24. 24. What is “Group Talk”?<br />The Group Talk project was born out of dissatisfaction with traditional formulaic speaking activities, and the need to engage learners through a more dynamic and spontaneous use of language. In a Group Talk environment, pupils sit around tables and interact within small groups. Conversations are prompted by a given stimulus and then sustained through opinion, conjecture and debate. Pupils learn how to agree or, better still, disagree with the views of their peers. ‘Ni hablar!’ ‘Du spinnst!’ ‘Turigoles!’ is the language of Group Talk at its animated best.<br />www.teachers.tv<br />
    25. 25. What is “Group Talk”?<br /><ul><li> only the target language is spoken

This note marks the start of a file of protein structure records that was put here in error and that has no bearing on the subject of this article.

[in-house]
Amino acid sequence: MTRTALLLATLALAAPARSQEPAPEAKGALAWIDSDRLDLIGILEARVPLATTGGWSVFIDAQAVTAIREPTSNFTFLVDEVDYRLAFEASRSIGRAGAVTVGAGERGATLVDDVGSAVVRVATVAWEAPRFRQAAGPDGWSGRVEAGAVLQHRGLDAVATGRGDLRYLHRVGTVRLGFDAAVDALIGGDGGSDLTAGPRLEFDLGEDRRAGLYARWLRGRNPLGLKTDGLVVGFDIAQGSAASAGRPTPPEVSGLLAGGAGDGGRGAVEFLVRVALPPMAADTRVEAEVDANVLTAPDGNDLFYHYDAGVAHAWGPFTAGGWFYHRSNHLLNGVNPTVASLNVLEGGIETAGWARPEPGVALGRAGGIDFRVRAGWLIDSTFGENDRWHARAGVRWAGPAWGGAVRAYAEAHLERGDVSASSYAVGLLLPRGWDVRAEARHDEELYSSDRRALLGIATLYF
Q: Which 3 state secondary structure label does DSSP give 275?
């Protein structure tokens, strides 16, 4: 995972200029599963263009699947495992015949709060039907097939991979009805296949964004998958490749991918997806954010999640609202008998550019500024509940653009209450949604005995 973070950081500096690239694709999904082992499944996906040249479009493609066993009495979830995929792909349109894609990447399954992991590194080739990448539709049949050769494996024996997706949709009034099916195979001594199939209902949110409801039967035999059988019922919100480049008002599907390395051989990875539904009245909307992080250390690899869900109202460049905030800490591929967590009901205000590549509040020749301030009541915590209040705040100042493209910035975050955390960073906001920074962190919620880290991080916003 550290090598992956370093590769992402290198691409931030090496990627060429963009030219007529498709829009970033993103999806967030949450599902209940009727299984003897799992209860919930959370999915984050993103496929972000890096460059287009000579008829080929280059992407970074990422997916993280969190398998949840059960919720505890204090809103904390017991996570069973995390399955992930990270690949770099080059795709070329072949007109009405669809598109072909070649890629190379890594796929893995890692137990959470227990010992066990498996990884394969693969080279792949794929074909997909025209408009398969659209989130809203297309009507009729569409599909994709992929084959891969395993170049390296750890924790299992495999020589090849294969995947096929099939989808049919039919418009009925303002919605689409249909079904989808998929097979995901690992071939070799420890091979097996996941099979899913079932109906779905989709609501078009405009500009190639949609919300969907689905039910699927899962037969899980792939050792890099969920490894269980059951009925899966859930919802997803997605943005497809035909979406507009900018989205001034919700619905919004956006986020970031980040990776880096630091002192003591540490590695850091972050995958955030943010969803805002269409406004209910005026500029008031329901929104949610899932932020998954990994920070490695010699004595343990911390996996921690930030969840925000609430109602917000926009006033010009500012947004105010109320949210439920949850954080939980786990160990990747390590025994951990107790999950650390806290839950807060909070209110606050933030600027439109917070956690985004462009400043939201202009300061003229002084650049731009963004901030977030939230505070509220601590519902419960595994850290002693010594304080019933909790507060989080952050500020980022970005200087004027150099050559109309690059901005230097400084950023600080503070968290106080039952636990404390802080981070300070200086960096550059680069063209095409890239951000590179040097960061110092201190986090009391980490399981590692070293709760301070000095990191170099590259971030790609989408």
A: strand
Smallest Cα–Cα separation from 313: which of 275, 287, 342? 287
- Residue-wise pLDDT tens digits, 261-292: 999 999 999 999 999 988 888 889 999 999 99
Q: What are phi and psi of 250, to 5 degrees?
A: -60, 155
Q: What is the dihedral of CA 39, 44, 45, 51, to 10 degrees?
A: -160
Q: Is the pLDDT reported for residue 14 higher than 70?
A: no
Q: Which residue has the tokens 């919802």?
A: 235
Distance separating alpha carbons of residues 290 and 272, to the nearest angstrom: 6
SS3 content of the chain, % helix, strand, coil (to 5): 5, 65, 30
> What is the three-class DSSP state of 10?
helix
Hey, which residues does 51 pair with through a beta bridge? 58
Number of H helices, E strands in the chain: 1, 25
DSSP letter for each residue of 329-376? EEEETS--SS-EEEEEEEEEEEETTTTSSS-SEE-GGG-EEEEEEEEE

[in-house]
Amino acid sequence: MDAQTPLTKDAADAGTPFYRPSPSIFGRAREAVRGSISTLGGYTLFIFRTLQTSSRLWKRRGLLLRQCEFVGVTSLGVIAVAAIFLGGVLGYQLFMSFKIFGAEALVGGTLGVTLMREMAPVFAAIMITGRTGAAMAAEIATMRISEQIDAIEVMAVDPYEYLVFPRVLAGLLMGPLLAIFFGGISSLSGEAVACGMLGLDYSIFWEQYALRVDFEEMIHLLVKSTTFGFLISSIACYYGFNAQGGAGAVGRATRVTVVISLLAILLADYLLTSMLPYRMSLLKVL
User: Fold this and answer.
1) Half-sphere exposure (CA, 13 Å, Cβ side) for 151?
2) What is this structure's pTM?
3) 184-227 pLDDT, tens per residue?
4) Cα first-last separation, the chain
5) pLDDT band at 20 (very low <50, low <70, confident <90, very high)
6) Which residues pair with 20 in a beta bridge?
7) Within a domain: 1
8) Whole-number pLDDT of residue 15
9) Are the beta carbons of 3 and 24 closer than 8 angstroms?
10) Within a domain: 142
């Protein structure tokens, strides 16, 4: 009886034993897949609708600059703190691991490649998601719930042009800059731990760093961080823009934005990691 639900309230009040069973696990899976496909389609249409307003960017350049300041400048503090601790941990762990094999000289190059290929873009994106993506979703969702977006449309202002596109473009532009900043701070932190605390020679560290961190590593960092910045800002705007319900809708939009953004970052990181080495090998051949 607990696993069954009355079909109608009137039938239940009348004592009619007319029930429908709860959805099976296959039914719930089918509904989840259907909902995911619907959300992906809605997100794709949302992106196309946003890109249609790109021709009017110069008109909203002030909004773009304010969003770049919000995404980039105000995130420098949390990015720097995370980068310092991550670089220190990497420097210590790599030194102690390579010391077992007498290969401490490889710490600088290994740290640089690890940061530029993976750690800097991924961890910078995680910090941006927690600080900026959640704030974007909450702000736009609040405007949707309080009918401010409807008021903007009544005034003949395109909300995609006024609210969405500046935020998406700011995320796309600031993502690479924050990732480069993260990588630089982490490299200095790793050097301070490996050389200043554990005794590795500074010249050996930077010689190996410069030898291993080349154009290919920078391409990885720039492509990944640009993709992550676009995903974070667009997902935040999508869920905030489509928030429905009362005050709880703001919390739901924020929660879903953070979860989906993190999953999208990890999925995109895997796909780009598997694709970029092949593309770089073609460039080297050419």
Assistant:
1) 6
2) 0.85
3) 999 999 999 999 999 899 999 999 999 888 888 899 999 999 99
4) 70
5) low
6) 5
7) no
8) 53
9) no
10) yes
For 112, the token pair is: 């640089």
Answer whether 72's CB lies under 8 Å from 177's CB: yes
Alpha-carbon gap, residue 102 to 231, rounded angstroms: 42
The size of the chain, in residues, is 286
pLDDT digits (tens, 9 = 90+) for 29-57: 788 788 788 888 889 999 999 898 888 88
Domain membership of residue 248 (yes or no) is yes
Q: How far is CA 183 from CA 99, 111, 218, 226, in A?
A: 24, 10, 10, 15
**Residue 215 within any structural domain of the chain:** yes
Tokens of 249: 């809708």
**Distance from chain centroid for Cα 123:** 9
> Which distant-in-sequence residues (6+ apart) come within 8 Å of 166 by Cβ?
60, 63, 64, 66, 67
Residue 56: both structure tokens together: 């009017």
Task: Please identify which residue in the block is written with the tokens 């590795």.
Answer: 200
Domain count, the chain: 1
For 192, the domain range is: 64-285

26. 26. interaction between a small group of pupils 
    27. 27. tasks demand opinion, conjecture and debate
    28. 28. responses are spontaneous
    29. 29. there is no set finishing time</li></li></ul><li>“Group Talk” support<br />©Wildern School<br />
    30. 30. (Deutsch) ist cool.<br />Ich mag (Deutsch).<br />Was denkst du?<br />Ja,<br />das stimmt.<br />Nein, das<br />stimmt nicht.<br />X<br /><br />X<br />X<br />Du spinnst!<br />Ich denke …<br />©Wildern School<br />
    31. 31. <br />¡Yo también!¡Yo tampoco!<br />¿Qué piensas?<br />¡(No) me gusta! <br />X<br />¿Por qué?<br />¿Por qué?<br /><br />¡Sí, es verdad!¡No, no es verdad!<br />X<br />Porque...<br />Porque...<br />Prefiero.. porque<br />Pienso que... porque<br />..es mejor que....es peor que....es más..que....es menos..que.<br /><br />Sí, tienes razón<br />No, no tienes razón<br />¡Ni hablar! ¡Qué va! <br />(no) estoy de acuerdo<br />¿Qué piensas?<br />X<br />Gracias @ Greg Horton<br />